Health Links (HL): Why did your business decide become a Health Links Certified Healthy Business?
Hilltop Community Resources (HCR): Over the past six years, we have seen the value of our wellness program grow exponentially. Not only have we saved a significant amount of money in healthcare and workers’ comp costs, but we have seen our culture transform and individual lives improve as our employees feel supported in their pursuits to discover their healthiest potential. We want others in our community to know how much we value our employees’ wellbeing and that we are advocates in the community for worksite wellness.
HL: What benefits did the certification bring to your business?
HCR: Certification validates the large investment we make in employee wellness by demonstrating we are leaders in the community when it comes to valuing worker health and safety. Community members and potential employees are aware of our commitment to wellness more than ever before.
HL: Has this certification changed the way your business thinks about wellness and safety?
HCR: We have always taken a unified approach to wellness and safety, including it as part of our strategic business plan, but after certification, we increased the level of integration we have between our Wellness, Safety, Risk and Workers’ Comp departments, forming what we call a Super Wellness Team. This team is comprised of leaders from each department who work together to maximize the health and safety of our employees by identifying where our programs overlap and how we can support each other’s’ efforts.
HL: Has the Health Links certification or your wellness program affected your surrounding community?
HCR: After creating and implementing our own wellness program, we have been excited to share what we know with other organizations in our community. With the added credibility of being Health Links Certified, we have been become a go-to resource in the community for other organizations that need support with their own programs
Hilltop is a direct service non-profit organization serving more than 20,000 individuals each year in Mesa, Delta, Montrose and Ouray counties. Since 1950, it has provided everything from prenatal care for expectant mothers to assisted living for the elderly. Hilltop's various programs address disease prevention, enhanced quality of life, education and self-sufficiency.
Health Links (HL): Why is the health and wellness of your employees important to you?
Hilltop Community Resource Center (HCRC): Hilltop's corporate value of "Putting People First" not only informs its decisions in the community it serves, but also drives its internal programs and policies to best serve its employees. Health and wellness have become more than just an idea; they are driving forces in Hilltop's culture by engaging employees in healthy behaviors, helping individuals feel valued and engaged, and reducing the barriers employees face in achieving their healthiest potential.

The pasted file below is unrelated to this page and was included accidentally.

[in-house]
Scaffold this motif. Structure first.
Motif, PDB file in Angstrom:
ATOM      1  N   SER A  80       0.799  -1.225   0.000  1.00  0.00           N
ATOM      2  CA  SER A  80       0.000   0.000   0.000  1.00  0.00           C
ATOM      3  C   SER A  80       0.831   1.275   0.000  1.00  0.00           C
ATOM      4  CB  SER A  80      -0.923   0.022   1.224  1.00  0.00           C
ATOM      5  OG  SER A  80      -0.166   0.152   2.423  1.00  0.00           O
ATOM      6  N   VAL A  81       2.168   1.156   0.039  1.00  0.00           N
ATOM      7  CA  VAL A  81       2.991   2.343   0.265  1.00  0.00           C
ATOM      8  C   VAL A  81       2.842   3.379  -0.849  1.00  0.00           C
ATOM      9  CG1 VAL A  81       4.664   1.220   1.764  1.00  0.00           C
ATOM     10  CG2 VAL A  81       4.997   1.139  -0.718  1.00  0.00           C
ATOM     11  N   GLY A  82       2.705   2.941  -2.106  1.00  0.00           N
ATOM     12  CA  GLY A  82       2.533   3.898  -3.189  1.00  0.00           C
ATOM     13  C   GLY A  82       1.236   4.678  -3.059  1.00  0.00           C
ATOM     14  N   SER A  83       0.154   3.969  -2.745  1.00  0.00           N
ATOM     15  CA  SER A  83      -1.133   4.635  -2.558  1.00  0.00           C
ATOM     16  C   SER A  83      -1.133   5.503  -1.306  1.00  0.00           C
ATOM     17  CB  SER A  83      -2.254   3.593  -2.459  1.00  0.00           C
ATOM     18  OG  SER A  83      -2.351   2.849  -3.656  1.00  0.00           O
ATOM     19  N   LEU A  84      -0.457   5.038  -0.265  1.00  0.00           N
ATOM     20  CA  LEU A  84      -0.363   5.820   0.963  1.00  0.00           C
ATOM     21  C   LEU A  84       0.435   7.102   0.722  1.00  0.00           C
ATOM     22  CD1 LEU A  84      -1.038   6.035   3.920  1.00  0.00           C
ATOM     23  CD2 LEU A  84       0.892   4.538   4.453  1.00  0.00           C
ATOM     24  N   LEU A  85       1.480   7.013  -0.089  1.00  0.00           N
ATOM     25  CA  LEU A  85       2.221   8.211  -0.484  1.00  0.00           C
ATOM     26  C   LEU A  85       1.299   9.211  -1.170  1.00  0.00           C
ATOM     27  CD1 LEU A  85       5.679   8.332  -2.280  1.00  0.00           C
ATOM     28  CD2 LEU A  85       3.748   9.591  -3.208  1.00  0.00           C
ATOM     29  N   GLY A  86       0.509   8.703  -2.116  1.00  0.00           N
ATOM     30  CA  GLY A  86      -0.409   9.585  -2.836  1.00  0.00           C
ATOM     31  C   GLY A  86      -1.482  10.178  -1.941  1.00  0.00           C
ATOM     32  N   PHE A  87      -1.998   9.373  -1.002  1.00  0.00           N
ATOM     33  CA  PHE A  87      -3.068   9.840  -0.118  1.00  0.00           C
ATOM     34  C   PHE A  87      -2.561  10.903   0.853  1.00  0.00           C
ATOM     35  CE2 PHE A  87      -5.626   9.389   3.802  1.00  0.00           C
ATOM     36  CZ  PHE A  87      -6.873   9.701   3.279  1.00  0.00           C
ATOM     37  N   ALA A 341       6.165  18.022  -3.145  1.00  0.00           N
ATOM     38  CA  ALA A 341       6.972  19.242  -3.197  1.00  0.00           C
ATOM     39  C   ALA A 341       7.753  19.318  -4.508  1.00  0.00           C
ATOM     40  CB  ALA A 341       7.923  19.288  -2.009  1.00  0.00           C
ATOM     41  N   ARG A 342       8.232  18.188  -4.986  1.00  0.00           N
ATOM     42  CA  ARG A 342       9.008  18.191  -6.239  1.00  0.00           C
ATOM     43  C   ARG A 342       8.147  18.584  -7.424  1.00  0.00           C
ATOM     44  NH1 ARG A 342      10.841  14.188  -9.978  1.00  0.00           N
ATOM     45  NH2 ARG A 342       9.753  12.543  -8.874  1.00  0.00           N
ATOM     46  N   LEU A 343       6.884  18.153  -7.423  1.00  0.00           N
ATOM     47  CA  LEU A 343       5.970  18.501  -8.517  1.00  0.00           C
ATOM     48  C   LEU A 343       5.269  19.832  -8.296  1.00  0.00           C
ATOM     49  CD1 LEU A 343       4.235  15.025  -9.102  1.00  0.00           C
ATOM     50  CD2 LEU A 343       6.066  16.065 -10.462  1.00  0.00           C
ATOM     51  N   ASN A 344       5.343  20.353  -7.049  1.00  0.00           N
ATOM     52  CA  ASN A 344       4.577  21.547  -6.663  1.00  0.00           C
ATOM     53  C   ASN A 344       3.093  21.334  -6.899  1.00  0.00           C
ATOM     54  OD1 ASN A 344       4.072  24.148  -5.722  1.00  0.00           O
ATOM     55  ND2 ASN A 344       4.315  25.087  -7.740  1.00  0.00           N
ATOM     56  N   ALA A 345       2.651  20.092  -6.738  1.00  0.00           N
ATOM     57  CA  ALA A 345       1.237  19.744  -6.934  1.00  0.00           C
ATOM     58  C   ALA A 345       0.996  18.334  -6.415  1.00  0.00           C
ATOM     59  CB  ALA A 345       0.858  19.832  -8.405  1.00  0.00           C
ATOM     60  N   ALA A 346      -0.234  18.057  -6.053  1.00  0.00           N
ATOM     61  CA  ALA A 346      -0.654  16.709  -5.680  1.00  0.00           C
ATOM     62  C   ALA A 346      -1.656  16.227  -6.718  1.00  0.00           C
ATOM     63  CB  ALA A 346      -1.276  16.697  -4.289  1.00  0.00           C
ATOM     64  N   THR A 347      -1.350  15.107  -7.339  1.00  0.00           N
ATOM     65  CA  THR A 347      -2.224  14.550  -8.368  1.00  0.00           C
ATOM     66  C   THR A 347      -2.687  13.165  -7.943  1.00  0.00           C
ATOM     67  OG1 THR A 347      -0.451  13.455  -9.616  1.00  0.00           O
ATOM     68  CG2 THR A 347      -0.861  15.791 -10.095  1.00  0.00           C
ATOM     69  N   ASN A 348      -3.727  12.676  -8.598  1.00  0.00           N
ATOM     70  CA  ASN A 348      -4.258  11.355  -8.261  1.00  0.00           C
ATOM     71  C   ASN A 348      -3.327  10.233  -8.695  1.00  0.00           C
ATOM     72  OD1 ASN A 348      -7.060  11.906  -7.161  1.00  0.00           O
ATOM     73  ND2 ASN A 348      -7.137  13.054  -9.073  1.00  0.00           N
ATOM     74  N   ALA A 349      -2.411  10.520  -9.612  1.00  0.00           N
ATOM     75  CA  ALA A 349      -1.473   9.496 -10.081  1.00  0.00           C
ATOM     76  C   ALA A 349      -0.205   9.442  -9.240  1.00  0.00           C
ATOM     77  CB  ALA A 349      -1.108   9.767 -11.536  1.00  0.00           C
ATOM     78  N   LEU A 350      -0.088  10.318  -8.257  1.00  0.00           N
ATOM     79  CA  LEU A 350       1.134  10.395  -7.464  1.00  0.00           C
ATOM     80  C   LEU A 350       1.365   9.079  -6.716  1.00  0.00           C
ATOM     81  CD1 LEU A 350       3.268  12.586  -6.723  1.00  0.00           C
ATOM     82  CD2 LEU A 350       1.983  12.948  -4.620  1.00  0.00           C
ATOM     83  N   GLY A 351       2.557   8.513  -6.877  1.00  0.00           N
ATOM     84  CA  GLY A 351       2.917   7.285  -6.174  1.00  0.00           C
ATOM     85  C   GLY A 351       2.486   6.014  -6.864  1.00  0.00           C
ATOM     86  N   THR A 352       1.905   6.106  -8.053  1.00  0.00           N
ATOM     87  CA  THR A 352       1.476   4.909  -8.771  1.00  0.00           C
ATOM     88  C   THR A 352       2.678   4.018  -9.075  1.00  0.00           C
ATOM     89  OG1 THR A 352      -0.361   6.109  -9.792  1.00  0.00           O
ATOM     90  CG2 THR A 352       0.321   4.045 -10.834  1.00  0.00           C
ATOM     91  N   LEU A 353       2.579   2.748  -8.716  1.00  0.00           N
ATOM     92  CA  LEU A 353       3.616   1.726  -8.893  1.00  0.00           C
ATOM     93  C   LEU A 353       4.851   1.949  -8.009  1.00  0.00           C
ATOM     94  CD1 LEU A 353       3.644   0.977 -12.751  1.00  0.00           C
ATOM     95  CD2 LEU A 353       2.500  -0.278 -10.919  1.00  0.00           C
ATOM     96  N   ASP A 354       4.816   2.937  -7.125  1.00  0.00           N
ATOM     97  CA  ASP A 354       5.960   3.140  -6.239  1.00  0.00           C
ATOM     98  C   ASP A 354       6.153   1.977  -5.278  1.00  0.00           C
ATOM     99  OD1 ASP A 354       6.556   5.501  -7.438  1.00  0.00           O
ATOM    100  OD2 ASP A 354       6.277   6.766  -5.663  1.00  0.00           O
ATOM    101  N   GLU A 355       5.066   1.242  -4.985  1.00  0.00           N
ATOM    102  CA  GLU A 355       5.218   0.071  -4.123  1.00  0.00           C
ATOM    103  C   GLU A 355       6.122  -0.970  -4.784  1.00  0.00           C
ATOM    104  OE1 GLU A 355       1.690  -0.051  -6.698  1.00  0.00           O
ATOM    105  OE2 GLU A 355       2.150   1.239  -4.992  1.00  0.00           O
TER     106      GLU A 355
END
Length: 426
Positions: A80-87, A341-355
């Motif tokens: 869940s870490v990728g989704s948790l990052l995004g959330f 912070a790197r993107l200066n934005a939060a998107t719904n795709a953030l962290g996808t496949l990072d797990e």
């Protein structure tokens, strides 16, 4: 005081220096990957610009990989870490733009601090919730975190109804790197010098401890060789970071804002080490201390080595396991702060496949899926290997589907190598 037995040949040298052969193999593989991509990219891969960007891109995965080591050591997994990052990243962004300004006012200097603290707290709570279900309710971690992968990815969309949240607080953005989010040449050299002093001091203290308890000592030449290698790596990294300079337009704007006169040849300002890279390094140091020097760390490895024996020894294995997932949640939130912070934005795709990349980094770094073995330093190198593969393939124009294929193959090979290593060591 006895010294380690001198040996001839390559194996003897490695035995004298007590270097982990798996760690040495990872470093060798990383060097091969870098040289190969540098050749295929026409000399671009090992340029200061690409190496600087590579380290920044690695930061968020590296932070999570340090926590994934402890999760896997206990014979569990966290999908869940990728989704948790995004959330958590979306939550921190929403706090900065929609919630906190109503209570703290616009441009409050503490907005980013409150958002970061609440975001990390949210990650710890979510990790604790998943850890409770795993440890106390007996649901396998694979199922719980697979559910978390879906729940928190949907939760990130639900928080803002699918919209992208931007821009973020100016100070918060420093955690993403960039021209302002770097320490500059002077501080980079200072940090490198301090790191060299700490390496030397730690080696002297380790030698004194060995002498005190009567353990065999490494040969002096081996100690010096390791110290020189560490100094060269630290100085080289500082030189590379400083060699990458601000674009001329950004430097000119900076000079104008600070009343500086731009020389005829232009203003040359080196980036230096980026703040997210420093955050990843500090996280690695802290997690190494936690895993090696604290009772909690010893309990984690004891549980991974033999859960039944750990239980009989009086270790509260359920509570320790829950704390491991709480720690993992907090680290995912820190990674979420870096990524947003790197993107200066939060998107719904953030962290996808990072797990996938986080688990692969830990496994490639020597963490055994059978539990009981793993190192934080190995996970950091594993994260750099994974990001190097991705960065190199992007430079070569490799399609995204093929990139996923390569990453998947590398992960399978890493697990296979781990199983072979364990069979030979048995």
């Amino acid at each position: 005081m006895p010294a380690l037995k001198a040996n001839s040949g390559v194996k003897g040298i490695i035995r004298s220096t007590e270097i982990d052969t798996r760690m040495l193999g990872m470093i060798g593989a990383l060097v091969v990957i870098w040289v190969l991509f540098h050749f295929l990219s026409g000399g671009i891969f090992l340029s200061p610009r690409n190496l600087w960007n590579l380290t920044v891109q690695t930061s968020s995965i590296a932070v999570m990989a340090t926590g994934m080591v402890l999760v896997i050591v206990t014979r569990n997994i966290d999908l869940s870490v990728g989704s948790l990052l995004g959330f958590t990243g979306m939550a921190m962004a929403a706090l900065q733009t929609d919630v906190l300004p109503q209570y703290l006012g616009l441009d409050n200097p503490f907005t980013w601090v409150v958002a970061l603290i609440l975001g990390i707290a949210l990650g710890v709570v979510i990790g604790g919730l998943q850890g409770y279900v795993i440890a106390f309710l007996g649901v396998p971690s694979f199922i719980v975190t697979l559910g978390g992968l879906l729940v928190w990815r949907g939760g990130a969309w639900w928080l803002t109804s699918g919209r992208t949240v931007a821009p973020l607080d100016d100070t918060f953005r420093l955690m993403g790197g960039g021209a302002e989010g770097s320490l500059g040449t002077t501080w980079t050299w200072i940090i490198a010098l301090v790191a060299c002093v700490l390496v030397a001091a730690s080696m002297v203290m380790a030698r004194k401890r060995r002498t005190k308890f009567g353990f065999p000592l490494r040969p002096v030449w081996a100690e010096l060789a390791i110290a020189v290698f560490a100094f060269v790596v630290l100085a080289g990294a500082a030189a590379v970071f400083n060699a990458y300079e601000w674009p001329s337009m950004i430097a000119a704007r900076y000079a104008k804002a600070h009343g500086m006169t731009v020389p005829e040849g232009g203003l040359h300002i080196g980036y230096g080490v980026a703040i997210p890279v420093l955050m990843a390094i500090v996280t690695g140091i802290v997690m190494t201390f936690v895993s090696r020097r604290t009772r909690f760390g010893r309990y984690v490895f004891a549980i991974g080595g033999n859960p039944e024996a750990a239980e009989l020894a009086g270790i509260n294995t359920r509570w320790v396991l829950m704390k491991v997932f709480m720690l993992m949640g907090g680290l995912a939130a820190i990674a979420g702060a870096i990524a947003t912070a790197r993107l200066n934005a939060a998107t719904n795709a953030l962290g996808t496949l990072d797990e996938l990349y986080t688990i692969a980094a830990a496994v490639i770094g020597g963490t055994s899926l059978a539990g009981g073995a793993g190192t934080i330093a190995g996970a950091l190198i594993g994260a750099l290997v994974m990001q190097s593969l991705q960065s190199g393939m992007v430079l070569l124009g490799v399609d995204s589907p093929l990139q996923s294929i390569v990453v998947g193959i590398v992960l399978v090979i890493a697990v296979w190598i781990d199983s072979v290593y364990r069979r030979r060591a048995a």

HL: How will you/do you know your program is successful?
HCRC: We have seen a substantial reduction in health care costs and workers' compensation premiums, currently coming in over 40% under budget in healthcare and earning a very low workers' comp premium modifier. Through annual health risk assessments, we have measured health improvements such as lower blood pressures, lower cholesterol, and increased physical activity. Through other metrics we have demonstrated increased engagement, increased productivity, improved happiness scores and lower rates of high stress in our employees. We are confident that our health, safety and wellness interventions have not only improved our organizational health, but have transformed our culture.
HL: What obstacles did you have to overcome to get your program started? How did you overcome them?
HCRC: Because we had a high degree of support from senior leadership, the biggest obstacle to overcome was employee buy-in company-wide. Hilltop understood that an individual's health is a private matter, and because of this, took active steps to address employee concerns of intrusiveness and lack of privacy. Through educational campaigns and targeted messaging about Hilltop's privacy standards as well as taking the time to build trusting relationships, in five years we have increased participation by over 50%.
HL: Do you incorporate safety along with your wellness program? If so, what does this look like?
HCRC: Hilltop began collaborating with the safety team three years ago, forming a "Super SWAT" (Safety Works at All Times) team of individuals who brainstorm ways to launch joint initiatives across the organization. We have both a dedicated Wellness Coordinator and Safety/Risk Management Coordinator that work closely together, taking a comprehensive approach to promoting employee well-being.
HL: What tip/advice would you give to a business that is considering starting a workplace wellness program?
HCRC: The best advice for a business considering workplace wellness implementation is to approach wellness with broad, long-term goals rather than short-sighted cost-savings-only measures. If the goal is to make lasting cultural changes within your organization, cost savings may not be realized immediately. But if you use other metrics to measure success, such as employee satisfaction and engagement, you will see other important examples of progress. Once these changes take root at a fundamental level, cost savings and productivity will follow and be more likely to continue. Ultimately, if the values of health, wellness and safety drive the way you do business rather than exist as isolated programs, you will have a successful program.